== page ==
Growing gloom poses worry for freight

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Looking ahead for the job market, there does not seem to be much optimism.” –From a recent Harris Poll was conducted online in the U.S. in August.

The freight picture is getting cloudy again, it seems, but not so much by the numbers. Indeed, tonnage remained made some positive strides as the summer progressed, with the American Trucking Associations (ATA) for-hire truck tonnage index increasing 1.5% in July, after falling a revised 1.6% in June.

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Yet, even though tonnage is up 6.7% through the first half of 2010 compared to the same period in 2009, the economic road seems to be getting suddenly rougher. “The economy is slowing and truck freight tonnage has essentially gone sideways since April 2010,” noted Bob Costello, ATA’s chief economist.

His forecast is for “subdued” tonnage growth in the months ahead, though freight should likely see some moderate gains in the second half of the year because the reduction in supply since the start of the recession means that even small improvements in tonnage will have a larger impact on the industry than in past.

OK, that’s the numbers side of things. On the more emotive, human side of the economic picture, recent polls show folks are mighty worried about the economy and especially about the job picture. So when folks get worried, they don’t buy things, meaning the need to ship goods to stores falls off – potentially leading to a drop in freight demand.

Take the results from a couple of recent Harris Interactive polls, for example. In one about jobs, two-thirds of those polled (66%) say the current job market of their region is bad, with 22% saying it is neither good nor bad and only 12% saying it is good.

Looking at it by region, those in the Midwest and West are feeling these employment problems the most, according to Harris’ data, with seven in 10 Westerners (71%) and Midwesterners (70%) considering the current job market bad. The job market in the East seems the "best" as almost one in five Easterners (17%) say it is good while three in five (60%) say it is bad.

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Looking ahead for the job market, there does not seem to be much optimism, Harris reported. When asked how they think the job market in their region will change in the next six months, over one-quarter of U.S. adults (27%) say it will get worse, half (49%) believe it will remain the same and under one-quarter (23%) believe it will get better.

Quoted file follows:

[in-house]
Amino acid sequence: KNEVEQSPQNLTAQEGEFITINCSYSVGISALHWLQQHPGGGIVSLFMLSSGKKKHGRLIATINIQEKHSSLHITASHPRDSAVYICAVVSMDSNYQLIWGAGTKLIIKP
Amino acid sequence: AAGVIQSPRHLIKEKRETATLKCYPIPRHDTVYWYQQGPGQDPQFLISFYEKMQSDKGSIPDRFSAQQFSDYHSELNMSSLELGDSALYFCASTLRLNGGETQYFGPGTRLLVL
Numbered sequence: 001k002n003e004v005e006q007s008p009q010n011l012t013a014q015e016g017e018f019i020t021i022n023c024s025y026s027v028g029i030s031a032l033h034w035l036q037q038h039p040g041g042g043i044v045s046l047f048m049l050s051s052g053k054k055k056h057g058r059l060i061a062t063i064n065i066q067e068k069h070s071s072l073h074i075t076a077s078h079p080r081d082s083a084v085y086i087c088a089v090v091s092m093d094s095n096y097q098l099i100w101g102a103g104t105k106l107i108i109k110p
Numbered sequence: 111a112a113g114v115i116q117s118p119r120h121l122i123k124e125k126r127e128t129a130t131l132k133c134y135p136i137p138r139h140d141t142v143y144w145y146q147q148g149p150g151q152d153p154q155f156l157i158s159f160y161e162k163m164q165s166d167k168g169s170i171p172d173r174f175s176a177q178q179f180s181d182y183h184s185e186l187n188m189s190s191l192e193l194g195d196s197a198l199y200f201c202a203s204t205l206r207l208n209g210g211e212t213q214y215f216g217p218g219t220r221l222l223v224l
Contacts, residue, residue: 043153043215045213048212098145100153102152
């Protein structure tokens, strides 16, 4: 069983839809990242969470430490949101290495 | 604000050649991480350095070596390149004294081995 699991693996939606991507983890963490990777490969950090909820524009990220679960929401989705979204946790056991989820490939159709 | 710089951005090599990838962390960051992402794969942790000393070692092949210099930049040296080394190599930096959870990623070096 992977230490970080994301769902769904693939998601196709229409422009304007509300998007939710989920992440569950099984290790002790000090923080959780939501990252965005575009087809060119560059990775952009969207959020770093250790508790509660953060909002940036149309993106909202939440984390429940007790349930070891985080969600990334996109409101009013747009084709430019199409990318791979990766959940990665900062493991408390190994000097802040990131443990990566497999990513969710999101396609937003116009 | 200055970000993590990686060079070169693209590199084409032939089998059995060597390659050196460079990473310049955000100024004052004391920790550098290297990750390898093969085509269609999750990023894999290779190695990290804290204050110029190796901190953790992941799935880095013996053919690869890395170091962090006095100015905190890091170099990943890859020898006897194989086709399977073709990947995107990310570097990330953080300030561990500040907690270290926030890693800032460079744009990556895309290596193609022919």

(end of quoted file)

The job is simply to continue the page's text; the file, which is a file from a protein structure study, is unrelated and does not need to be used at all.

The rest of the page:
“Regardless of any positive indicators for the overall economy, if jobs are always something on people's minds, Americans will not believe those positive indicators,” Harris noted in its research. “The high unemployment numbers are something people can see on a regular basis and, while they may not have large concerns about losing their jobs, they know the job market is not good.”

People are divided as to what the upcoming year will bring economically. Two in five U.S. adults (39%) say the economy will stay the same in the coming year while one-third (32%) say it will get worse and three in ten (29%) believe it will improve, according to Harris’ poll results. Americans are a little more pessimistic now than they were in June when 30% believed things would improve, 42% thought they would stay the same and 28% said the economy would get worse in the coming year.

Bringing it closer to home, over half of Americans (52%) say they expect their household's financial condition to remain the same in the next six months while just over one-quarter (26%) say it will get worse and just under one-quarter (22%) believe it will get better, Harris noted in its poll results.

These feelings are almost unchanged from June when 52% believed their household's financial condition would remain the same over six months, 21% felt it would get better and 27% thought their household's financial condition would get worse, the firm said.

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While some economists talk about a double dip recession and others say the economic crisis is over, the American public is not of one mind on this issue, Harris pointed out. In thinking about the current economic crisis, one-third (34%) believe the worst is still to come, one-third (33%) say the worst is over and one-third (32%) are not at all sure.

A nationwide survey of more than 4,400 workers by CareerBuilder conducted between May to June this year adds to the gloomy outlook.

Although this data is older by several months, with the recent spate of bad economic news lately – with the National Assn. of Realtors reporting sales of previously owned homes falling 27.2% in July from June this year, for example; the lowest level since the group started tracking the data in 1999 – one can almost be sure the gloomy feeling is being reinforced.

CareerBuilder’s survey found nearly eight-in-ten (77%) workers report that they live paycheck to paycheck to make ends meet; up from 61% of workers back in 2009. Workers went on to say that sometimes they are unable to make ends meet at all, with one-in-five (22%) saying they have missed payments on bills in the last year.

Some workers are making ends meet by dipping into their long-term savings, CareerBuilder found, with more than one-in-five (21%) saying they reduced their 401(k) contributions or personal savings in the last year to get by.

These are not the kind of numbers one wants to see when trying to plot the future of freight demand for truckers. Let's hope then that things revive a bit -- especially in the job market -- so the ongoing recovery in the freight market doesn't grind to a halt.

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